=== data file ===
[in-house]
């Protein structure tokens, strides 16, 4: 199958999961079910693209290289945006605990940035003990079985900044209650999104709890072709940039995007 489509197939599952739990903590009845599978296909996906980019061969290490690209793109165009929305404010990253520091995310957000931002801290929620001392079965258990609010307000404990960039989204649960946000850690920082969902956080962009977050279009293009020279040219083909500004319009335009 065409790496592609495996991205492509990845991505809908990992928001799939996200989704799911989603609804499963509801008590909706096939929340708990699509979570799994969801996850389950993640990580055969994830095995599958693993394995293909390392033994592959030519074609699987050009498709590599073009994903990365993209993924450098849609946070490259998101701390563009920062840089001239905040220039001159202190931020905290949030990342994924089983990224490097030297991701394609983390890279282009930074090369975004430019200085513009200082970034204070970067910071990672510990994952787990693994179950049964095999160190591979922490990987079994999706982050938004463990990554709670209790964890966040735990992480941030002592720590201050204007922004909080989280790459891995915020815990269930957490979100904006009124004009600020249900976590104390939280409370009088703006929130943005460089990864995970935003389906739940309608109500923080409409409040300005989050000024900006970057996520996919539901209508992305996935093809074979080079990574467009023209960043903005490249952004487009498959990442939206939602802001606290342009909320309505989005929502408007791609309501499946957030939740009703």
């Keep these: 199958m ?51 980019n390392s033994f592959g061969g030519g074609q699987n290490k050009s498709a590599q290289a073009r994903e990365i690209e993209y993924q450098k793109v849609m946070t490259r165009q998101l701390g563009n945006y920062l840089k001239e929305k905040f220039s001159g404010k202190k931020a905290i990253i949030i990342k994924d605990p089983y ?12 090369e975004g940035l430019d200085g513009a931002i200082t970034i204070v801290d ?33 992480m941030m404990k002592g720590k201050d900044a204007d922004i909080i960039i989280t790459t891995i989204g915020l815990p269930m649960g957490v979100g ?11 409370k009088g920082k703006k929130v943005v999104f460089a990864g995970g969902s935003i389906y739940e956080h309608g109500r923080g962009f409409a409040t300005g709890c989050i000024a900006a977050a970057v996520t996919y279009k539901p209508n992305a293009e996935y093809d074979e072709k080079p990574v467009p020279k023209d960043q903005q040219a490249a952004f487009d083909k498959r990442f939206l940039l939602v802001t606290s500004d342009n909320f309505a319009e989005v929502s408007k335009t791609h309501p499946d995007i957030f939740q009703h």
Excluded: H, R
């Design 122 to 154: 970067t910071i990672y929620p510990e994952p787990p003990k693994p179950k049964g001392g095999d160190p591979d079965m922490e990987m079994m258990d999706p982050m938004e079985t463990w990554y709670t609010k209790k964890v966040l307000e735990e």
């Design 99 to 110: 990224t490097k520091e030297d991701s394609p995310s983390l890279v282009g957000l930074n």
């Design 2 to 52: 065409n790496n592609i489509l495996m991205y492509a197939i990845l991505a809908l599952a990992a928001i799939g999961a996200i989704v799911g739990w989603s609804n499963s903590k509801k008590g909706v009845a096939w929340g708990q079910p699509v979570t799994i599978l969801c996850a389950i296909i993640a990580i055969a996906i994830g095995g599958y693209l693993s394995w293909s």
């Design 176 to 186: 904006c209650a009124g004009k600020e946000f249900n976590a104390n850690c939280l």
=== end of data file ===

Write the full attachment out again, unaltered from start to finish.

[in-house]
């Protein structure tokens, strides 16, 4: 199958999961079910693209290289945006605990940035003990079985900044209650999104709890072709940039995007 489509197939599952739990903590009845599978296909996906980019061969290490690209793109165009929305404010990253520091995310957000931002801290929620001392079965258990609010307000404990960039989204649960946000850690920082969902956080962009977050279009293009020279040219083909500004319009335009 065409790496592609495996991205492509990845991505809908990992928001799939996200989704799911989603609804499963509801008590909706096939929340708990699509979570799994969801996850389950993640990580055969994830095995599958693993394995293909390392033994592959030519074609699987050009498709590599073009994903990365993209993924450098849609946070490259998101701390563009920062840089001239905040220039001159202190931020905290949030990342994924089983990224490097030297991701394609983390890279282009930074090369975004430019200085513009200082970034204070970067910071990672510990994952787990693994179950049964095999160190591979922490990987079994999706982050938004463990990554709670209790964890966040735990992480941030002592720590201050204007922004909080989280790459891995915020815990269930957490979100904006009124004009600020249900976590104390939280409370009088703006929130943005460089990864995970935003389906739940309608109500923080409409409040300005989050000024900006970057996520996919539901209508992305996935093809074979080079990574467009023209960043903005490249952004487009498959990442939206939602802001606290342009909320309505989005929502408007791609309501499946957030939740009703």
């Keep these: 199958m ?51 980019n390392s033994f592959g061969g030519g074609q699987n290490k050009s498709a590599q290289a073009r994903e990365i690209e993209y993924q450098k793109v849609m946070t490259r165009q998101l701390g563009n945006y920062l840089k001239e929305k905040f220039s001159g404010k202190k931020a905290i990253i949030i990342k994924d605990p089983y ?12 090369e975004g940035l430019d200085g513009a931002i200082t970034i204070v801290d ?33 992480m941030m404990k002592g720590k201050d900044a204007d922004i909080i960039i989280t790459t891995i989204g915020l815990p269930m649960g957490v979100g ?11 409370k009088g920082k703006k929130v943005v999104f460089a990864g995970g969902s935003i389906y739940e956080h309608g109500r923080g962009f409409a409040t300005g709890c989050i000024a900006a977050a970057v996520t996919y279009k539901p209508n992305a293009e996935y093809d074979e072709k080079p990574v467009p020279k023209d960043q903005q040219a490249a952004f487009d083909k498959r990442f939206l940039l939602v802001t606290s500004d342009n909320f309505a319009e989005v929502s408007k335009t791609h309501p499946d995007i957030f939740q009703h």
Excluded: H, R
């Design 122 to 154: 970067t910071i990672y929620p510990e994952p787990p003990k693994p179950k049964g001392g095999d160190p591979d079965m922490e990987m079994m258990d999706p982050m938004e079985t463990w990554y709670t609010k209790k964890v966040l307000e735990e």
């Design 99 to 110: 990224t490097k520091e030297d991701s394609p995310s983390l890279v282009g957000l930074n």
């Design 2 to 52: 065409n790496n592609i489509l495996m991205y492509a197939i990845l991505a809908l599952a990992a928001i799939g999961a996200i989704v799911g739990w989603s609804n499963s903590k509801k008590g909706v009845a096939w929340g708990q079910p699509v979570t799994i599978l969801c996850a389950i296909i993640a990580i055969a996906i994830g095995g599958y693209l693993s394995w293909s």
């Design 176 to 186: 904006c209650a009124g004009k600020e946000f249900n976590a104390n850690c939280l």